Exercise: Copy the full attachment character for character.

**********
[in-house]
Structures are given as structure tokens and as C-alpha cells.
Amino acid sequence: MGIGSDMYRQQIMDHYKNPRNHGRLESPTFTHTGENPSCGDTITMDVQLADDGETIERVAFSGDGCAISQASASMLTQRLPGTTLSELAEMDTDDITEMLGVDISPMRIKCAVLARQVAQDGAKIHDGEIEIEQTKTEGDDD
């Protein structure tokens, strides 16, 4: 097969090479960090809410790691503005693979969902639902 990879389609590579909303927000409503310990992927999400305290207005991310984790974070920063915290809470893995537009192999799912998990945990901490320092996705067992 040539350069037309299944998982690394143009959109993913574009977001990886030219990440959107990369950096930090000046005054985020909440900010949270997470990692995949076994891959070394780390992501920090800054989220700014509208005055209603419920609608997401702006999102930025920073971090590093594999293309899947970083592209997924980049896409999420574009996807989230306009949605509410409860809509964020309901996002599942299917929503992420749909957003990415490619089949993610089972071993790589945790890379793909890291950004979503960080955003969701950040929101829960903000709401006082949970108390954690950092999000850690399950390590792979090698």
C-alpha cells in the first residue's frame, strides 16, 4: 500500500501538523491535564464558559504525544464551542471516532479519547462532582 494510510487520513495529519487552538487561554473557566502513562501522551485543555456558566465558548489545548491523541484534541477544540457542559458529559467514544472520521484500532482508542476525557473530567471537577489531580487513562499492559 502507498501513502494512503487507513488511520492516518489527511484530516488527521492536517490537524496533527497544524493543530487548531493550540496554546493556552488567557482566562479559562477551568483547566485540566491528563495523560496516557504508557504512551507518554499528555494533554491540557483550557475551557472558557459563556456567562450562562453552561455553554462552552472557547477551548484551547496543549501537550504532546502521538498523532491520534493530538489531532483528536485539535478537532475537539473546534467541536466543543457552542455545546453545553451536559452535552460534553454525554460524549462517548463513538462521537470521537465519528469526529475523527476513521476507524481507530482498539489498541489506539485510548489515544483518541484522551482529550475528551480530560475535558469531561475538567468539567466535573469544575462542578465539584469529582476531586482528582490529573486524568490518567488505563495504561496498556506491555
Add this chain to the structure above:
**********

[in-house]
Structures are given as structure tokens and as C-alpha cells.
Amino acid sequence: MGIGSDMYRQQIMDHYKNPRNHGRLESPTFTHTGENPSCGDTITMDVQLADDGETIERVAFSGDGCAISQASASMLTQRLPGTTLSELAEMDTDDITEMLGVDISPMRIKCAVLARQVAQDGAKIHDGEIEIEQTKTEGDDD
């Protein structure tokens, strides 16, 4: 097969090479960090809410790691503005693979969902639902 990879389609590579909303927000409503310990992927999400305290207005991310984790974070920063915290809470893995537009192999799912998990945990901490320092996705067992 040539350069037309299944998982690394143009959109993913574009977001990886030219990440959107990369950096930090000046005054985020909440900010949270997470990692995949076994891959070394780390992501920090800054989220700014509208005055209603419920609608997401702006999102930025920073971090590093594999293309899947970083592209997924980049896409999420574009996807989230306009949605509410409860809509964020309901996002599942299917929503992420749909957003990415490619089949993610089972071993790589945790890379793909890291950004979503960080955003969701950040929101829960903000709401006082949970108390954690950092999000850690399950390590792979090698």
C-alpha cells in the first residue's frame, strides 16, 4: 500500500501538523491535564464558559504525544464551542471516532479519547462532582 494510510487520513495529519487552538487561554473557566502513562501522551485543555456558566465558548489545548491523541484534541477544540457542559458529559467514544472520521484500532482508542476525557473530567471537577489531580487513562499492559 502507498501513502494512503487507513488511520492516518489527511484530516488527521492536517490537524496533527497544524493543530487548531493550540496554546493556552488567557482566562479559562477551568483547566485540566491528563495523560496516557504508557504512551507518554499528555494533554491540557483550557475551557472558557459563556456567562450562562453552561455553554462552552472557547477551548484551547496543549501537550504532546502521538498523532491520534493530538489531532483528536485539535478537532475537539473546534467541536466543543457552542455545546453545553451536559452535552460534553454525554460524549462517548463513538462521537470521537465519528469526529475523527476513521476507524481507530482498539489498541489506539485510548489515544483518541484522551482529550475528551480530560475535558469531561475538567468539567466535573469544575462542578465539584469529582476531586482528582490529573486524568490518567488505563495504561496498556506491555
Add this chain to the structure above: